Senior Honors Thesis
Writing a senior thesis is an excellent way for students to build upon their economics coursework and pursue research that is meaningful and interesting to them. It also allows students to hone the skills they’ve developed and apply frameworks and knowledge in a way that develops an even greater analytical perspective.
Writing a senior thesis requires organization, planning, and focus. Students interested in writing a senior thesis should consult the Senior Honors Thesis Guidelines. The guidelines document describes the philosophy behind the senior thesis and walks you through the process of selecting a topic, engaging a faculty adviser, and registering for the two-semester senior honors thesis seminar.
Past thesis students have found this experience richly rewarding. Read the testimonials below to learn how the opportunity to work closely with a faculty adviser and to think critically and deeply about a significant intellectual problem of their own selection helped these BC alumni grow as researchers, analysts, writers and critical thinkers. While a thesis is arguably essential for students who intend to pursue graduate work in economics, it is also incredibly valuable for the majority of thesis students who follow other paths.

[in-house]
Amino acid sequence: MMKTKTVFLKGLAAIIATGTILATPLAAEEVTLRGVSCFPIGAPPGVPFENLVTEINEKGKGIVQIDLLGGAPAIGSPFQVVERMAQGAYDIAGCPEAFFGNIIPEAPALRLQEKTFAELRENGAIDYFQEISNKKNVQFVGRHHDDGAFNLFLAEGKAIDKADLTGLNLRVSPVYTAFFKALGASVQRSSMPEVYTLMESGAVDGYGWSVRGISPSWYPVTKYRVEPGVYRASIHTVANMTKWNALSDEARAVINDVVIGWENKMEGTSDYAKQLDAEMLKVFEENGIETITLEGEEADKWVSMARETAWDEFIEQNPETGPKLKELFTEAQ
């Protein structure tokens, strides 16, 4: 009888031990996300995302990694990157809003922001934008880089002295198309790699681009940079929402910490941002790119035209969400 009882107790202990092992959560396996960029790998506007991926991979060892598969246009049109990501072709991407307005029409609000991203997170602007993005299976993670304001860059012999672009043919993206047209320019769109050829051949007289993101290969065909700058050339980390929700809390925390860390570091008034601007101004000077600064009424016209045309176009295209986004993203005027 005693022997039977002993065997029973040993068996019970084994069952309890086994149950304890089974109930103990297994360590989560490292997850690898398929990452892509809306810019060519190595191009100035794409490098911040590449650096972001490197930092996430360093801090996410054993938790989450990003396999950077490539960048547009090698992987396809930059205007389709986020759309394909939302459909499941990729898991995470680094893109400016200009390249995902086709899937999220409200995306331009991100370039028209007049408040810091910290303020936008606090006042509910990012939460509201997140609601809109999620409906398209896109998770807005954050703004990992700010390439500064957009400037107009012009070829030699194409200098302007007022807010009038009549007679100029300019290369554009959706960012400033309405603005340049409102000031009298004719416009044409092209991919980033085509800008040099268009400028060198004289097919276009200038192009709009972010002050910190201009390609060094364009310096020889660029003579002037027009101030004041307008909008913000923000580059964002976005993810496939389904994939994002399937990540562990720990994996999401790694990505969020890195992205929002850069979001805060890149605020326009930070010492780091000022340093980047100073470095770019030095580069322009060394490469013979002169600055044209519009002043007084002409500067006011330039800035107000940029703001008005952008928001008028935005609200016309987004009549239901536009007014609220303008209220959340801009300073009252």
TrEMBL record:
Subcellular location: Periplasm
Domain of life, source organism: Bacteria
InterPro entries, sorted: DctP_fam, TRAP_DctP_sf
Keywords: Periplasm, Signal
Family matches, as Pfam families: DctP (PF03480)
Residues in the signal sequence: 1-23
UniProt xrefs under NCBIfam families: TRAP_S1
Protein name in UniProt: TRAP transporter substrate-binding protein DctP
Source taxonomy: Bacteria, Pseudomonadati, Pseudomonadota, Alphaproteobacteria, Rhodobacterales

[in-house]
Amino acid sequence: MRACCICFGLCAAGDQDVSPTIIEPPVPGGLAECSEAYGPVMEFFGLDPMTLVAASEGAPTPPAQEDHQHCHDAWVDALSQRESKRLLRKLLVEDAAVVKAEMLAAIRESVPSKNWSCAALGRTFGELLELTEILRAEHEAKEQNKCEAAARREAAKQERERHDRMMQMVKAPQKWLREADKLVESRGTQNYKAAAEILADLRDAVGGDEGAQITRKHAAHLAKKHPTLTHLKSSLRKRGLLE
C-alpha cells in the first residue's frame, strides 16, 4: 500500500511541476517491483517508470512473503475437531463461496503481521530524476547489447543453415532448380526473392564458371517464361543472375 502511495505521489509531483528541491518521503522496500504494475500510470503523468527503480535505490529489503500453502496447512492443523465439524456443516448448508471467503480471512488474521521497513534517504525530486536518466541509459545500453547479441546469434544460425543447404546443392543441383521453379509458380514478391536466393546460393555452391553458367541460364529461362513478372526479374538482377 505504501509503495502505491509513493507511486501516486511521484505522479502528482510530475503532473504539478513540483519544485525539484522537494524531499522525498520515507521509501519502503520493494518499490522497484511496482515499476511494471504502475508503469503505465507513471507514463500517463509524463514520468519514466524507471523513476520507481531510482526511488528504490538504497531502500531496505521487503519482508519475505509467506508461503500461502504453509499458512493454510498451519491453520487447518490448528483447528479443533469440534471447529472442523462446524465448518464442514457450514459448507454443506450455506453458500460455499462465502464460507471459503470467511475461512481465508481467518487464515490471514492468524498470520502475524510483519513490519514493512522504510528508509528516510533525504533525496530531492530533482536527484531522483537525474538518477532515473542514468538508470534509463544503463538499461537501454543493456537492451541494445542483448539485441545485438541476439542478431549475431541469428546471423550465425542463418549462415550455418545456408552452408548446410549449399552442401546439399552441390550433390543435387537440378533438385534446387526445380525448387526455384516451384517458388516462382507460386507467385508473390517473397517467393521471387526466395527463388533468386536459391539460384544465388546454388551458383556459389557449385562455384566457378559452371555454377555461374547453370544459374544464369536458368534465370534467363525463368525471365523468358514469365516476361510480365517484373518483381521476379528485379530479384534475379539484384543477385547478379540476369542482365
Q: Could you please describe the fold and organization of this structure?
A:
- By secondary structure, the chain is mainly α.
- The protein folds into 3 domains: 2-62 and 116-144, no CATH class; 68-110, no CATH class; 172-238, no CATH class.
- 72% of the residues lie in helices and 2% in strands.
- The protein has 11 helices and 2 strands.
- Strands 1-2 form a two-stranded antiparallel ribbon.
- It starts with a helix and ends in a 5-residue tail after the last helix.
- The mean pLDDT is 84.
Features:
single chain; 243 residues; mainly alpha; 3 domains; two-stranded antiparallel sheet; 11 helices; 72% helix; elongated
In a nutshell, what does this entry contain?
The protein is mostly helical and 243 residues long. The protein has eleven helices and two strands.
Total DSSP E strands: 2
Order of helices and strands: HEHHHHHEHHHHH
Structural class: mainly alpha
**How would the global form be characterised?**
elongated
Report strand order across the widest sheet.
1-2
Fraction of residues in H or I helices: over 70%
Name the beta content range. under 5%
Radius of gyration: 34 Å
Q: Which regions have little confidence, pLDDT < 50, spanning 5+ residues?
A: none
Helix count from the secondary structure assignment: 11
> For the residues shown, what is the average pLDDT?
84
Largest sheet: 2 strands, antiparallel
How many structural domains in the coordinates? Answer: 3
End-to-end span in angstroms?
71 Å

Students who are interested in writing a senior thesis should begin the process in the spring of their junior year (identifying a faculty adviser and developing a research idea in late March or early April). The resources below will help you learn more about the senior thesis and help you get started. Please reach out to Thesis Program Co-Directors Professor Michael Grubb and Professor Bob Murphy for help and advice.
- Senior Honors Thesis Guidelines
- Senior Honors Thesis Application Form (Due April 30 Junior Year)
- Senior Honors Thesis guide to selecting a topic and writing a topic proposal
- Thesis Program Co-Director - Professor Michael Grubb
- Thesis Program Co-Director - Professor Bob Murphy
- To see samples of past theses by economics students, please visit the eScholarship page on the BC Library’s website.
- Current and past years’ thesis topics